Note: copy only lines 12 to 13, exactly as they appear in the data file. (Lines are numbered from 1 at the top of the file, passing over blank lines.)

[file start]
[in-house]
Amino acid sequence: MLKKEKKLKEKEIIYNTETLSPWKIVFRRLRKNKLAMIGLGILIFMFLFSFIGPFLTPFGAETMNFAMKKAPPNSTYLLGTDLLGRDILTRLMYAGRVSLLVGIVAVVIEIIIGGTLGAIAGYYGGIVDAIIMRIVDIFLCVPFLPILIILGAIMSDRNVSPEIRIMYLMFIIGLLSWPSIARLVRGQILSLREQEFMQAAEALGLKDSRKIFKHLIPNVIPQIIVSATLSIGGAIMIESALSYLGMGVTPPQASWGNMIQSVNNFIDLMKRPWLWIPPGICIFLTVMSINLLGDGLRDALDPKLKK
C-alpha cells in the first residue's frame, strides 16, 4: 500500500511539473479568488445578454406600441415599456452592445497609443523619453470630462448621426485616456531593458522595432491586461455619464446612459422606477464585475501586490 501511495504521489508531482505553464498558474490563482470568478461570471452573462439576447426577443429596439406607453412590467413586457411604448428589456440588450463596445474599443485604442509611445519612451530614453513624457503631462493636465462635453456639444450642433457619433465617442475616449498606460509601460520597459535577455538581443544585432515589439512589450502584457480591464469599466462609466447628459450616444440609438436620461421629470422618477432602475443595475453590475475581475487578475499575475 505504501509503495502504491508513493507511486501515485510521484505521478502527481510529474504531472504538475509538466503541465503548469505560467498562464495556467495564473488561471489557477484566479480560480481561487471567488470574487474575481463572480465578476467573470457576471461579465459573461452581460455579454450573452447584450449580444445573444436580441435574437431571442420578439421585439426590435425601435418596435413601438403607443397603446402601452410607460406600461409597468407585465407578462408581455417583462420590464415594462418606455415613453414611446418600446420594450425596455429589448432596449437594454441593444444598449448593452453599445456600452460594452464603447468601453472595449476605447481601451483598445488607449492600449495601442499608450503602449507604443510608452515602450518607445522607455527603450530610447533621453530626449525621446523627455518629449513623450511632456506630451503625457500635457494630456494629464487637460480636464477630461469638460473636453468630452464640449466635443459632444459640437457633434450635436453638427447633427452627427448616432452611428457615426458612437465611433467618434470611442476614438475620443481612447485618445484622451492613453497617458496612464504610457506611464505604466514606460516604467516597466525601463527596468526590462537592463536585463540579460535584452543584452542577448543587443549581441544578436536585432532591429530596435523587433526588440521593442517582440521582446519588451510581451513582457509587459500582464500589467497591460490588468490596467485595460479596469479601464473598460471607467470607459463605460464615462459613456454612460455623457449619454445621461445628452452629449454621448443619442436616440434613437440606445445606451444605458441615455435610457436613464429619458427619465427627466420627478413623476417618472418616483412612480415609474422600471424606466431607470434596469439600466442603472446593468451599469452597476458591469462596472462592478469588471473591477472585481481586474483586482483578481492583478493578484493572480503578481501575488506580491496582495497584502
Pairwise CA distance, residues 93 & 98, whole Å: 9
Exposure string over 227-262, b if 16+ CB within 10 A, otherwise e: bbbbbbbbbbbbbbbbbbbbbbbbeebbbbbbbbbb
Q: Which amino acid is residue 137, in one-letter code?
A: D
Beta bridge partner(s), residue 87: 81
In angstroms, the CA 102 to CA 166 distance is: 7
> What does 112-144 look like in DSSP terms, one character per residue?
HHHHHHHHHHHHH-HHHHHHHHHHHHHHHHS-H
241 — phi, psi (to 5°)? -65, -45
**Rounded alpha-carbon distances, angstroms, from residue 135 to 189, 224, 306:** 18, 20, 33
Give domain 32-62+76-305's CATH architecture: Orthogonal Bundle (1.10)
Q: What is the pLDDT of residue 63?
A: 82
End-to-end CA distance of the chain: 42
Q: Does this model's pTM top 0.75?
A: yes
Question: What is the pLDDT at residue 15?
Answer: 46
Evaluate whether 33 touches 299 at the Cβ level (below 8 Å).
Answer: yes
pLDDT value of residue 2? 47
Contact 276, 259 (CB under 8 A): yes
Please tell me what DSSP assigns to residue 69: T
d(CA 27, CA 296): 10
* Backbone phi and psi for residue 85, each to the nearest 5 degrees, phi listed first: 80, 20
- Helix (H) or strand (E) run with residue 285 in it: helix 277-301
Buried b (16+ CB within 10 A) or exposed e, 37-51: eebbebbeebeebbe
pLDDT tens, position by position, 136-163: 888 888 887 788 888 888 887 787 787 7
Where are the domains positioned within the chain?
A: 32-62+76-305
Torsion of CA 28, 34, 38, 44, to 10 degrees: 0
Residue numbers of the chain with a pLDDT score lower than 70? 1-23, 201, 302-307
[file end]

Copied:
241 — phi, psi (to 5°)? -65, -45
**Rounded alpha-carbon distances, angstroms, from residue 135 to 189, 224, 306:** 18, 20, 33